I don’t think my experience in regard to prayer is unique. Over the years, I have encountered many people who, like me, were looking for a technique or method that would help them feel more comfortable and proficient with prayer. I have also encountered people who thought they were lacking some secret skill or had some defect in their make up that hindered or even prevented them from praying as well as they would like. And in some cases I have also encountered people who have given up on prayer altogether because they found it too frustrating and unsatisfying.
Fortunately for me, my attitude toward prayer changed many years ago when I was on retreat. I asked my retreat director for some “tips” on prayer. Initially he suggested things I already knew, e.g. have a regular time and place for prayer, start with some deep relaxing breaths, etc. As we talked further, though, he told me that perhaps I was taking the wrong approach to prayer. He said that while there are a lot of techniques that can help with prayer. When we approach prayer solely as an activity we want to become proficient at or a skill we want to master, we are missing something important and will probably find prayer frustrating.
My retreat director went on to suggest that I approach prayer more in terms of a relationship. While there are things we can do to enhance our relationships and help them grow, the most important thing is simply being present. If we are not present to someone, if we don’t spend time with them, we shouldn’t be surprised if the relationship feels stilted or stagnant. In order for a relationship to grow and deepen, we need to spend time simply being with another. This presence eventually leads to trust, which eventually leads to deeper and deeper sharing, which eventually leads to love.
Now to be clear, when we think of prayer in terms of a relationship, that doesn’t mean that every time we go to prayer that it is a deep and profound experience. There are ebbs and flows, and peaks and valleys in every relationship. This is certainly true with regard to God. Our prayer, though, helps us to keep our relationship with God open and flowing, even and perhaps especially, at those times when our prayer feels unproductive or even frustrating.
Occasionally, I will find myself falling back into the habit of trying to find a technique or skill that will help me feel more proficient at prayer. At these times, I need to remind myself that prayer is about relationship and not about technique. At root, my relationship with God — like the other relationships that nurture and nourish me in my life — is sustained not by doing something, but simply by being present.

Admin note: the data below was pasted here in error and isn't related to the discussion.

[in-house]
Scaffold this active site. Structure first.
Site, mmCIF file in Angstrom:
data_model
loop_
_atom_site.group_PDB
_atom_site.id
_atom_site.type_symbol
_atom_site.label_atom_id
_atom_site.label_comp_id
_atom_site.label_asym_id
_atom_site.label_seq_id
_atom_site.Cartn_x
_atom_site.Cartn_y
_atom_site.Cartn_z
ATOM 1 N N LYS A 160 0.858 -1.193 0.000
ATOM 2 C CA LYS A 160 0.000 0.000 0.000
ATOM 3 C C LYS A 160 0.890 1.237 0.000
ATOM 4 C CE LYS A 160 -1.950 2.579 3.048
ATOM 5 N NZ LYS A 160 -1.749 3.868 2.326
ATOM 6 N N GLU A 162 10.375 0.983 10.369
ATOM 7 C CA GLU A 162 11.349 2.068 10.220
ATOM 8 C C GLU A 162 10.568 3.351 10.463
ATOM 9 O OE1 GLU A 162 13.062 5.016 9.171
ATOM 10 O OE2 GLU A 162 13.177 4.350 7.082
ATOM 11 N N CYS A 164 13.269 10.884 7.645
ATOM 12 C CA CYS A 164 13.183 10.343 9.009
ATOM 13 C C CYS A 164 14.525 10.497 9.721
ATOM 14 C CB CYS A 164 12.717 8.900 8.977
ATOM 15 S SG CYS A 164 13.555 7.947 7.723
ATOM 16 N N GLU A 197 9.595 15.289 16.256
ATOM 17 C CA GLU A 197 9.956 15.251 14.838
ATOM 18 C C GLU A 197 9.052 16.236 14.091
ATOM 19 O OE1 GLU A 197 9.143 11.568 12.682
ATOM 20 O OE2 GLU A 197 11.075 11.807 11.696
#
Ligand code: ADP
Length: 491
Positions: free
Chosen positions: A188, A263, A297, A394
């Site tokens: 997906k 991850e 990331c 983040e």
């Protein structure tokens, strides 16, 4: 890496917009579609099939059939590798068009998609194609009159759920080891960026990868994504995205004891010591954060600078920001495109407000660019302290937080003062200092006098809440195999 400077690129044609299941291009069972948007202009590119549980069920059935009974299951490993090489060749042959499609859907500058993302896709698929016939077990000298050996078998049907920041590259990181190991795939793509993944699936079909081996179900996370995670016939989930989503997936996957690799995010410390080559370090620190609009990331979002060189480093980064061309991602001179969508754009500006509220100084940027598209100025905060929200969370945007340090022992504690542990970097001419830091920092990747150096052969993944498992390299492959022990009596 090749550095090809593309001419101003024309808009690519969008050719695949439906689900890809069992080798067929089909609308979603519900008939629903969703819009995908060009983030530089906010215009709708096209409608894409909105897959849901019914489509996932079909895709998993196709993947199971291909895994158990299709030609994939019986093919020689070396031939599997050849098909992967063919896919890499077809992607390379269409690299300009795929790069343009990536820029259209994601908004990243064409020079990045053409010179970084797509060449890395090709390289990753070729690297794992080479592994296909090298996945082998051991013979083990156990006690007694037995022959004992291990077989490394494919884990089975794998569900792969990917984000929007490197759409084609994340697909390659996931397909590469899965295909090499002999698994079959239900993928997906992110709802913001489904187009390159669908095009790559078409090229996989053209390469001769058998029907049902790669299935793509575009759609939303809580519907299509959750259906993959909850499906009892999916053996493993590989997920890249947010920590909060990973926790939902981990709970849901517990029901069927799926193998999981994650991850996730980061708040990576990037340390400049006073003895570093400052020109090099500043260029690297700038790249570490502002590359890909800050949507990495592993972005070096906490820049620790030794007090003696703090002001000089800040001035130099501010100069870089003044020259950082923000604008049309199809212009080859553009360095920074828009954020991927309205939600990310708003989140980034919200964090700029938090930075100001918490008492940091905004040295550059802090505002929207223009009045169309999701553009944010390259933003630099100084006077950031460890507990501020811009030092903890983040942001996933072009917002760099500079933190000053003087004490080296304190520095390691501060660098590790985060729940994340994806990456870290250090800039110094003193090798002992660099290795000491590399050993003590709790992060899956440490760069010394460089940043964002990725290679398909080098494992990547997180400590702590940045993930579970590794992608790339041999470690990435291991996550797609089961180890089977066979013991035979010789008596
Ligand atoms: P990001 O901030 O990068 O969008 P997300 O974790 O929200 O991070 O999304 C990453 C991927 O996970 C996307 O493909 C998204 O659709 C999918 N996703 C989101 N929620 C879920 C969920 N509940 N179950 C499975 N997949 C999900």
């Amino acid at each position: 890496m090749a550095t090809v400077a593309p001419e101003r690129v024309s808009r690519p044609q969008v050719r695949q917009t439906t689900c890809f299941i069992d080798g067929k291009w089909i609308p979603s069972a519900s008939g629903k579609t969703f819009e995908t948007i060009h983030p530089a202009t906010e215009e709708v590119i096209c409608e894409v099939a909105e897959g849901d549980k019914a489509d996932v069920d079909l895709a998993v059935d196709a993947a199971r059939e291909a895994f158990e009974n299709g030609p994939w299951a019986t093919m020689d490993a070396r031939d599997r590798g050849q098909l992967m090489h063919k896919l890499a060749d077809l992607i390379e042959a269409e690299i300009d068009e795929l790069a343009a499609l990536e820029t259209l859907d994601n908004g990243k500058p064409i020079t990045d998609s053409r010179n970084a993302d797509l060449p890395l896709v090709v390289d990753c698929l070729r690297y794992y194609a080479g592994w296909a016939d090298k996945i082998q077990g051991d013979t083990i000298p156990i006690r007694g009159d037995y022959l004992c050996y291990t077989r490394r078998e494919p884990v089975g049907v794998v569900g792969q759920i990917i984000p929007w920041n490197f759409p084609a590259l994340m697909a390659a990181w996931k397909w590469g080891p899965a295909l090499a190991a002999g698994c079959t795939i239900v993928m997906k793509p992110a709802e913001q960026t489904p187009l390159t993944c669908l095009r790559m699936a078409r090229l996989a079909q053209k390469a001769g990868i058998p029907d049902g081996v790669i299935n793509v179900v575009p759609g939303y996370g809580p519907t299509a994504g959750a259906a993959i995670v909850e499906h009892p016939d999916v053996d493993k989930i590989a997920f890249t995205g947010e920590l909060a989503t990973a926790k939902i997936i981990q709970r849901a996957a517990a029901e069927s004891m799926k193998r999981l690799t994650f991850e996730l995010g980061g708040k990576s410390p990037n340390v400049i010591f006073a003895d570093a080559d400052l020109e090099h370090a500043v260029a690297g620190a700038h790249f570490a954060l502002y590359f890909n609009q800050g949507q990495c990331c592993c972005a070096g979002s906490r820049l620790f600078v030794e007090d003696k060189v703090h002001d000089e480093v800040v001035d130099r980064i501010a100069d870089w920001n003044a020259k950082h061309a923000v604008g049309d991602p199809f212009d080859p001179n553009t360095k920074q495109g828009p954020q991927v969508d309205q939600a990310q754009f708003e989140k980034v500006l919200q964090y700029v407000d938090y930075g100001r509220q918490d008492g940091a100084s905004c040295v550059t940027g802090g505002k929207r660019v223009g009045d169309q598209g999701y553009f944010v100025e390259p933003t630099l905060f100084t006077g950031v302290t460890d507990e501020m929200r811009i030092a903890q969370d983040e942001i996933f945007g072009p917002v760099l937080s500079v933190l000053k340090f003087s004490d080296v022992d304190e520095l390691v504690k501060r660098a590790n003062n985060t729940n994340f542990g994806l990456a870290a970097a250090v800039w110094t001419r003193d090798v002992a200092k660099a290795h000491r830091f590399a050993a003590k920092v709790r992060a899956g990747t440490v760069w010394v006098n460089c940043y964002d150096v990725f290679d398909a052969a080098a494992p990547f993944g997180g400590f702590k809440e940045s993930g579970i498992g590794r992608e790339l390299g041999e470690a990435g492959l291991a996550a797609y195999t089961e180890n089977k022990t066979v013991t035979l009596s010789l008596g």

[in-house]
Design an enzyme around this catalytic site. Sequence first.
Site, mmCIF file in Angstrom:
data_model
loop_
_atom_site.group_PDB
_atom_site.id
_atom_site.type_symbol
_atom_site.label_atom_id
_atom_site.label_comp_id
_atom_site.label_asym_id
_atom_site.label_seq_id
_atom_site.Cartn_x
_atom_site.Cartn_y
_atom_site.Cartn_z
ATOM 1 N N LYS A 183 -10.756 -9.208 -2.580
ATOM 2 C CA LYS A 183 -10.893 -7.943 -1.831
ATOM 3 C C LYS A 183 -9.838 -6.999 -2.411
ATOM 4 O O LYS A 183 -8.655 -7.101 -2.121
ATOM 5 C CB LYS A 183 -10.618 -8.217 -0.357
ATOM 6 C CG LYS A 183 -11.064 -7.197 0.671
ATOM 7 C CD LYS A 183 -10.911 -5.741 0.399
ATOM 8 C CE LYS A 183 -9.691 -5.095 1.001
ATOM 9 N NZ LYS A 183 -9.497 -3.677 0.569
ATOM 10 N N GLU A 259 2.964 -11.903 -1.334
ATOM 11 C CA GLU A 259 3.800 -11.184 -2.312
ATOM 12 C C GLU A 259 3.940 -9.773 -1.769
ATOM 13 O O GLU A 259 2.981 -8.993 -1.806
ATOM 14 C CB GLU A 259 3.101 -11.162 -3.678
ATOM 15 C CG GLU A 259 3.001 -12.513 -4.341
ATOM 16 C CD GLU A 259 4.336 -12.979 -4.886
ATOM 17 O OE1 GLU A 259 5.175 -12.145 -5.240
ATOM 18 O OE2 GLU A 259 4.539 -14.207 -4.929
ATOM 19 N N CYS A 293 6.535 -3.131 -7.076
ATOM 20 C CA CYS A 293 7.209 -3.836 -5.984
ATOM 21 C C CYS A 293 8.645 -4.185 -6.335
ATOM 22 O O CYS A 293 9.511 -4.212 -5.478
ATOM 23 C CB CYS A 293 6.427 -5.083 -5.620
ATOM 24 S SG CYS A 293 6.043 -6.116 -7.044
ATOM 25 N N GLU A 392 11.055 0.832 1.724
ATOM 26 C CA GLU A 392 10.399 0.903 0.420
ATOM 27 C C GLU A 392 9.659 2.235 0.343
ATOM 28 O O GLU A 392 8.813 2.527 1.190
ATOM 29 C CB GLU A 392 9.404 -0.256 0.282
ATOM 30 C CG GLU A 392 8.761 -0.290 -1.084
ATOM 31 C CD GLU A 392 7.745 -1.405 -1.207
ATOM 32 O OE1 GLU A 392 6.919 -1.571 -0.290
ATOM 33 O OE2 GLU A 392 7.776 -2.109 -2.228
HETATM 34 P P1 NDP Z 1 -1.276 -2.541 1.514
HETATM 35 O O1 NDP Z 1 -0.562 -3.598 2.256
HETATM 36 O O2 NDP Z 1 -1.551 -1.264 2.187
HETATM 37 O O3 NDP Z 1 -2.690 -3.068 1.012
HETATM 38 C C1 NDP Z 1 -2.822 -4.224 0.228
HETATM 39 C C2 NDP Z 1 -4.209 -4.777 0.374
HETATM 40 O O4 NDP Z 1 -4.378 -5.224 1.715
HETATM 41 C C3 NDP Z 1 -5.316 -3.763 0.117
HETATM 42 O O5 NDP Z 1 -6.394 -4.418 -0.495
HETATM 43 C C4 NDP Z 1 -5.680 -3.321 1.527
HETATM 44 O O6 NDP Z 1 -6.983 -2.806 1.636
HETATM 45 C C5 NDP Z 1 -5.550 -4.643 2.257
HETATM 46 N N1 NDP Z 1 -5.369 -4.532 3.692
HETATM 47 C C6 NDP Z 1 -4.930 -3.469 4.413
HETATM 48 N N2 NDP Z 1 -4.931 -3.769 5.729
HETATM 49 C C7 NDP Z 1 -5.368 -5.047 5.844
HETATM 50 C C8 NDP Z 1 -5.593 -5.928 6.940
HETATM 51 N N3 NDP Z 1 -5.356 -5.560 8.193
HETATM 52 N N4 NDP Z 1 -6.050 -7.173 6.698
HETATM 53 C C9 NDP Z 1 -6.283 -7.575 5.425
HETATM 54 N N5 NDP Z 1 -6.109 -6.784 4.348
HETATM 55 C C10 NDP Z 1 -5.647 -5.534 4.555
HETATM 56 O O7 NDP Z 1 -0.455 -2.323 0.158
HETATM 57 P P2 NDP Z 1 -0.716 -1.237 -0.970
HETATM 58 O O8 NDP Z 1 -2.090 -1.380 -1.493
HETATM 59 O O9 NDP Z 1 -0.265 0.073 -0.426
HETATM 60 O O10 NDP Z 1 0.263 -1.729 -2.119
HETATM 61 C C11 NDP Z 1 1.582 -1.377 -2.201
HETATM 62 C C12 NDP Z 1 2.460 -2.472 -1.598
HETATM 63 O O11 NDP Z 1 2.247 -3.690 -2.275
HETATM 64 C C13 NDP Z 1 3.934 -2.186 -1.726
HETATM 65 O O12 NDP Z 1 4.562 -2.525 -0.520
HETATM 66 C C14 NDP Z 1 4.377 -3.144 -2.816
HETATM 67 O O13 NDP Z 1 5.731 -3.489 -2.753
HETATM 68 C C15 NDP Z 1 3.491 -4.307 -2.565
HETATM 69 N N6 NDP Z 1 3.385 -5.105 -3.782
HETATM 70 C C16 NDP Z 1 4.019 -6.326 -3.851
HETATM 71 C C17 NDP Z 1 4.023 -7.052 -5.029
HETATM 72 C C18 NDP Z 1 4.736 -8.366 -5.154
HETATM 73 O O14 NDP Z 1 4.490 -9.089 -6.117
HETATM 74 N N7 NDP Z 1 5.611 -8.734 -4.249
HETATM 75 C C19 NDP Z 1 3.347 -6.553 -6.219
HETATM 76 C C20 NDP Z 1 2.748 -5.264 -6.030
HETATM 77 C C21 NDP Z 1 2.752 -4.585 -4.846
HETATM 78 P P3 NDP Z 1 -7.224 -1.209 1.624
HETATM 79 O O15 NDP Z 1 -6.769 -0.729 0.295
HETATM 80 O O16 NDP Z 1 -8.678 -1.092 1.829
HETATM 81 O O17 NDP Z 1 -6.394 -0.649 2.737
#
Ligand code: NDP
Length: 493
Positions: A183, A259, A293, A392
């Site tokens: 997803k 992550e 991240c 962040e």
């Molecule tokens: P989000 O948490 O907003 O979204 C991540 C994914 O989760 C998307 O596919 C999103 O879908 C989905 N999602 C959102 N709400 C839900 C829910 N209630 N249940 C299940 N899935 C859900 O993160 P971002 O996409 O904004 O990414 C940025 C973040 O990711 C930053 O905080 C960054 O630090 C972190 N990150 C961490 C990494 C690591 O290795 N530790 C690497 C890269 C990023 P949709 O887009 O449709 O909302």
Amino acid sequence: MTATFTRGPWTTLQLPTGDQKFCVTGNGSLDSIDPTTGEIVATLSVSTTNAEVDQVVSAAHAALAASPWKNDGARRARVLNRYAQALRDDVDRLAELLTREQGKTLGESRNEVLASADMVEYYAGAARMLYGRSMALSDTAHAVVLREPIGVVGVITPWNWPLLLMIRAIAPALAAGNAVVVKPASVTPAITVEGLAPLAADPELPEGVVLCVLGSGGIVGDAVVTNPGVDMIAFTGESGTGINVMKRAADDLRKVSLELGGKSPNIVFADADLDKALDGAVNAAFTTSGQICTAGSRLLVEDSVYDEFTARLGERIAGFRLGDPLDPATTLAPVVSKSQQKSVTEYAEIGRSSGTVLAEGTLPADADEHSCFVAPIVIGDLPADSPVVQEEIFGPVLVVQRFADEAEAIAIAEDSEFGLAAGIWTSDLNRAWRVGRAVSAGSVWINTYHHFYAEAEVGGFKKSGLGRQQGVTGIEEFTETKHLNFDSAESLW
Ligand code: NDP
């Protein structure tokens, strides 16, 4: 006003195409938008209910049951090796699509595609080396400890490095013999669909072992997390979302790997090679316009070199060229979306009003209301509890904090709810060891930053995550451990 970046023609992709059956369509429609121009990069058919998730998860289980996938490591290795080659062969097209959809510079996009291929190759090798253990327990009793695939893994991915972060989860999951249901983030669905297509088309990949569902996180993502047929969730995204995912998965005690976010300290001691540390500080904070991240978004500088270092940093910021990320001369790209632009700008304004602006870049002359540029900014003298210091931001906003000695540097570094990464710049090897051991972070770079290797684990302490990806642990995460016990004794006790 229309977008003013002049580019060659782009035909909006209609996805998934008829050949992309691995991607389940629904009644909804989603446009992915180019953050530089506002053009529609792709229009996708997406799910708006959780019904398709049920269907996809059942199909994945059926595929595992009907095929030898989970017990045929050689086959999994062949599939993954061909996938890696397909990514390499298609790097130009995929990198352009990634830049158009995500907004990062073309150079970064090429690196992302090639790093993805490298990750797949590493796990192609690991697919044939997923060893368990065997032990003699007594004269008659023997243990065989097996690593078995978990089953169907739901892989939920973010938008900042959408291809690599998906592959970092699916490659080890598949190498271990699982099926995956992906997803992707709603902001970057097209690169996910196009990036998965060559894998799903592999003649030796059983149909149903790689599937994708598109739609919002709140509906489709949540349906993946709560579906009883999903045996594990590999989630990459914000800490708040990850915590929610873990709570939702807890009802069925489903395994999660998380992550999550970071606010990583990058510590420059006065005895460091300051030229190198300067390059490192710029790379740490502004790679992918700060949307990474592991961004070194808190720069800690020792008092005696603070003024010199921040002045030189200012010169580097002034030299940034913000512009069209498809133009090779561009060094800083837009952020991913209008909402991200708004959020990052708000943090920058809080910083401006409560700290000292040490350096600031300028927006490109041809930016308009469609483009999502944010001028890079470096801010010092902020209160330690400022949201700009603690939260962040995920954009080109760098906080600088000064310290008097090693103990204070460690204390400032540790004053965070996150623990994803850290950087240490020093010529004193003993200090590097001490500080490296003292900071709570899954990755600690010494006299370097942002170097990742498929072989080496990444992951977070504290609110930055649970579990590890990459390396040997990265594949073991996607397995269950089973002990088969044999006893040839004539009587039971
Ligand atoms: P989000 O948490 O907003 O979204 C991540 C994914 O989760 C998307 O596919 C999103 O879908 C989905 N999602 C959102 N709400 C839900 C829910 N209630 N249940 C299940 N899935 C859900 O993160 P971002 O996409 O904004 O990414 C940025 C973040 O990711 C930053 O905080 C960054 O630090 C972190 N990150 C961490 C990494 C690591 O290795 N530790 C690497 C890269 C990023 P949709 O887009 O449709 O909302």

During the summer, The Basilica features instrumental and vocal soloists at our 9:30am Sunday Eucharist. On Sunday, July 20, classical guitarist Christopher Kachian will provide special music during the Prelude, Offeratory and Communion.
A University of Saint Thomas faculty member since 1984, Mr. Kachian has directed one of the largest guitar music programs in the US. He has performed in concert throughout North and South America, Europe and the Far East. In 2012, he won recognition as a National Arts Associate and Distinguished member from Sigma Alpha Iota Internationl Music Fraternity.
For this Sunday’s readings, click on the link below or copy and paste it into your browser.
This weekend there is a long form and a short form of our Gospel. The short form, (which we will be using at the Basilica) is one of Jesus’ most challenging parables. We are told that “The kingdom of heaven may be likened to a man who sowed good seed in his field. While everyone was asleep his enemy came and sowed weeds all through the wheat and then went off. When the crop grew and bore fruit, the weeds appeared as well.” The owner had a difficult decision to make. Should he have his slaves try to pull up the weeds right away or let them grow with the wheat. He told his slaves: “……if you pull up the weeds you might uproot the wheat along with them. Let them grow together until harvest; then at harvest time I will say to the harvester, ‘First collect the weeds and tie them in bundles for burning; but gather the wheat into my barn.”
The message of this parable is clear. It is not easy to identity, let alone separate, the weeds from the wheat --- the good from the bad. This is why judgment is God’s business, not ours. And judgment will take place in God’s time, not ours.
Our first reading this Sunday is from the Book of Wisdom. It shares the theme of the Gospel. In the section we read today, the author is clear about God’s role. “There is no god besides you who have the care of all, that you need show you have not unjustly condemned. For your might is the source of justice; your mastery over all things makes you lenient to all.”
Our second reading this weekend is a brief excerpt from the Letter of Saint Paul to the Romans. Paul reminds us: “Brothers and sisters: The Spirit comes to the aid of our weakness; for we do not know how to pray as we ought, but the Spirit himself intercedes with inexpressible groanings.”
Questions for Reflection/Discussion:
1. Why do so many of us feel free to make judgments about others?
2. Have you ever made a judgment about someone only to find out later it was inaccurate?
3. I like the idea of the Spirit coming to our aid when we don’t know how to pray as we ought. Have you ever experienced this in your life?